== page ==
In my first six months as a marketing director for a trade show and media company, I was asked to take over the reigns for one of their trade magazine editors whose position was declared “redundant.” At the time, they knew they could bully me into taking on the extra duties without extra money because they knew I loved to write and wanted to write more for my job. Although I was unsuccessful in negotiating for better compensation – damn cheap Brits! – it was my first real writing gig and I would seize the opportunity.
It was the Summer of 2008, and the timing could not have been any better. The magazine was called Off-Price, a quarterly rag for what was originally called the Off-Price Specialist Show, a satellite event for Las Vegas Fashion Week each February and August. Over 90% of the exhibitor base was Jewish: half were Askhenazis from New York, the other half were primarily from various Middle Eastern tribes living and doing business in L.A. As one could imagine, these guys had some amazing stories!
I got to interview Holocaust survivors, guys who met Jackie Robinson during their childhoods in Brooklyn, and guys who once served in the Israeli Army. I also got to learn about the latest trends in off price fashion. During that horrible year when the economy was in recession, it was women’s accessories that were keeping a lot of stores afloat. And with all the changes taking place in the off price market – as many merchandisers had already shifted from jobbing to sourcing partners from southeast Asian manufacturers who could help them deliver fashions at below wholesale prices.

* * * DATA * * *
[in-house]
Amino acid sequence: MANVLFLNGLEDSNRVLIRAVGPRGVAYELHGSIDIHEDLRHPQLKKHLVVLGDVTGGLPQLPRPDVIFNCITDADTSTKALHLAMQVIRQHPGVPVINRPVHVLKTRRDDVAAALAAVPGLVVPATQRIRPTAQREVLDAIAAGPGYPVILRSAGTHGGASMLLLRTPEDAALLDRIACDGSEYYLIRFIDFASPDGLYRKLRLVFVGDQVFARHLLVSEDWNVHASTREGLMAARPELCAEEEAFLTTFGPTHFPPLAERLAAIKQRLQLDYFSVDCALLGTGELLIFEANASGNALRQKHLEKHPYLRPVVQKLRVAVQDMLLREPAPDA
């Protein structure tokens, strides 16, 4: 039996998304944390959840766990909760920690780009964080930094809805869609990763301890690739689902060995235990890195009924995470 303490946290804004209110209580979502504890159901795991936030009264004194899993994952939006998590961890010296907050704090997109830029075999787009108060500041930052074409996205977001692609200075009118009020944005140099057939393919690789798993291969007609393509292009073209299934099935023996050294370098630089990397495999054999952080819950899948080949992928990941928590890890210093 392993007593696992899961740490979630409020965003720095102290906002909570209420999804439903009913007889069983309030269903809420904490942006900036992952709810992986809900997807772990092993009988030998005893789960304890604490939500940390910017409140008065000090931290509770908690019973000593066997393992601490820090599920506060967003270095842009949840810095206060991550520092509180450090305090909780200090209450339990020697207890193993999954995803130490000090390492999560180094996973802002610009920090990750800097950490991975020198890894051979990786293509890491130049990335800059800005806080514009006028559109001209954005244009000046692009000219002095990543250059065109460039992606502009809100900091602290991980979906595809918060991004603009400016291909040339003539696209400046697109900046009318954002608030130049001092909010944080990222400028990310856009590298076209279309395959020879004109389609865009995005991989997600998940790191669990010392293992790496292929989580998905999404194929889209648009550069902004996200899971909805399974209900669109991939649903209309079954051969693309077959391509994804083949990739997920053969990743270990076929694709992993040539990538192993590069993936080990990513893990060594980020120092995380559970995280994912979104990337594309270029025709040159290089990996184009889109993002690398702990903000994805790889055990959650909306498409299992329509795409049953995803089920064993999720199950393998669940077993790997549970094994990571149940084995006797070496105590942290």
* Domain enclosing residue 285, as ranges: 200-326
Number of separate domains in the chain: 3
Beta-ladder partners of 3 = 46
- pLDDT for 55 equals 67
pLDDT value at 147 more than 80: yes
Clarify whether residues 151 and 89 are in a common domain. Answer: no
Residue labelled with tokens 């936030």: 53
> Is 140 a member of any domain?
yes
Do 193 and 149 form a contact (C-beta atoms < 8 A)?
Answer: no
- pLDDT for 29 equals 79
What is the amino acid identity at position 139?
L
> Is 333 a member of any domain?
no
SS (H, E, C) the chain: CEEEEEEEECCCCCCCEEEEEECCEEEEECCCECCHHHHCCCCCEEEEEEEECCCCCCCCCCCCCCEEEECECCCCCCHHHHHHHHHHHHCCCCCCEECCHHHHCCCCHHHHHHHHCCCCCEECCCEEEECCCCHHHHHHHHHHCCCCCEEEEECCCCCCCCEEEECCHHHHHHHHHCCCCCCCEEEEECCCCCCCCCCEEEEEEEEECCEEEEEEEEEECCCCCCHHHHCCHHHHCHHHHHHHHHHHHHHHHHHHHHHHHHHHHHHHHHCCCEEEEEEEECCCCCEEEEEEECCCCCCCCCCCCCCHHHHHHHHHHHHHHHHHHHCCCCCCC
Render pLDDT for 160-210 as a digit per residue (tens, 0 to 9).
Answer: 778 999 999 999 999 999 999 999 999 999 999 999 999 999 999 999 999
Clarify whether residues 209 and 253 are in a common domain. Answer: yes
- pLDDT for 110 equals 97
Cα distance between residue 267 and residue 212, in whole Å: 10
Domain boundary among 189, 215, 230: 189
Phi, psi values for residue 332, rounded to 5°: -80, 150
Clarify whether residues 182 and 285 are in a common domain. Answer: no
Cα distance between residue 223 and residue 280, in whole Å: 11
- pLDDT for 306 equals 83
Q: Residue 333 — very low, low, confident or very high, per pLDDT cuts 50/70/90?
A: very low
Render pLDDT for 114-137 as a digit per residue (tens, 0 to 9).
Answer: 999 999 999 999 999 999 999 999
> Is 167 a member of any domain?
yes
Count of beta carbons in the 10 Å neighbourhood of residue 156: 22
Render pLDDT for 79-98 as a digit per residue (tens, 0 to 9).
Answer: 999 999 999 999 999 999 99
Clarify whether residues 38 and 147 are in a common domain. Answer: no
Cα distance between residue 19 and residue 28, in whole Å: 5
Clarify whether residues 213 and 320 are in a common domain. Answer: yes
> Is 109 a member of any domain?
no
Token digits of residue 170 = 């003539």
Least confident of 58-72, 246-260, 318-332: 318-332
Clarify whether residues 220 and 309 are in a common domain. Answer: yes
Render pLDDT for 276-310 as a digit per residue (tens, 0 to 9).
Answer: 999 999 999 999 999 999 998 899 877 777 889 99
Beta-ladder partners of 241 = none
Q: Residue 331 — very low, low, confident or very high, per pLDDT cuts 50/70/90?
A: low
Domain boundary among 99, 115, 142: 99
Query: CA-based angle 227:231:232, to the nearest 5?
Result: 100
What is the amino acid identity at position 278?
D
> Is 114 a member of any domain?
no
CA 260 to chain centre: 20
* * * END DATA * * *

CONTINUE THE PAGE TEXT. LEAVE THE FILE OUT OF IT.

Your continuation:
I still have a treasure trove of these articles, which came from rich interviews. I felt like Studs Terkel, and got the inspiration to write about the history of the New York garment district. But each and every one of us have an amazing story to tell – most of us just don’t know it.
Whether it’s an industry trade publication, a local business magazine, or a company newsletter, a well-written article can have as strong of an impact as the most compelling video, if you know how to appeal to the aches, pains and desires of your target audience.
Ghostwriting for Editorials
Editorials can have an even bigger impact, especially when a thought leader from your organization submits a carefully-crafted editorial to a local newspaper or trade publication. In my capacity as a local legislator, I recently wrote an editorial – re-purposed from a blog – for our local newspaper about the recent school shootings in our city that had a far-reaching effect well beyond my imagination. Derived from Robert F. Kennedy’s “Mindless Menace of Violence” speech, I went to church the next day and discovered that my pastor had printed copies for the parishioners to grab on their way out. He even referenced it in his sermon. People who don’t even live in my legislative district asked if they could make donations to my campaign. And I was approached by local “influencers” who asked me to run for higher office.
Adding editorials to your communications strategy shows strong corporate citizenship and a willingness to connect with your neighbors and customers in a community-centric capacity. What is your message to the communities you serve? We can help.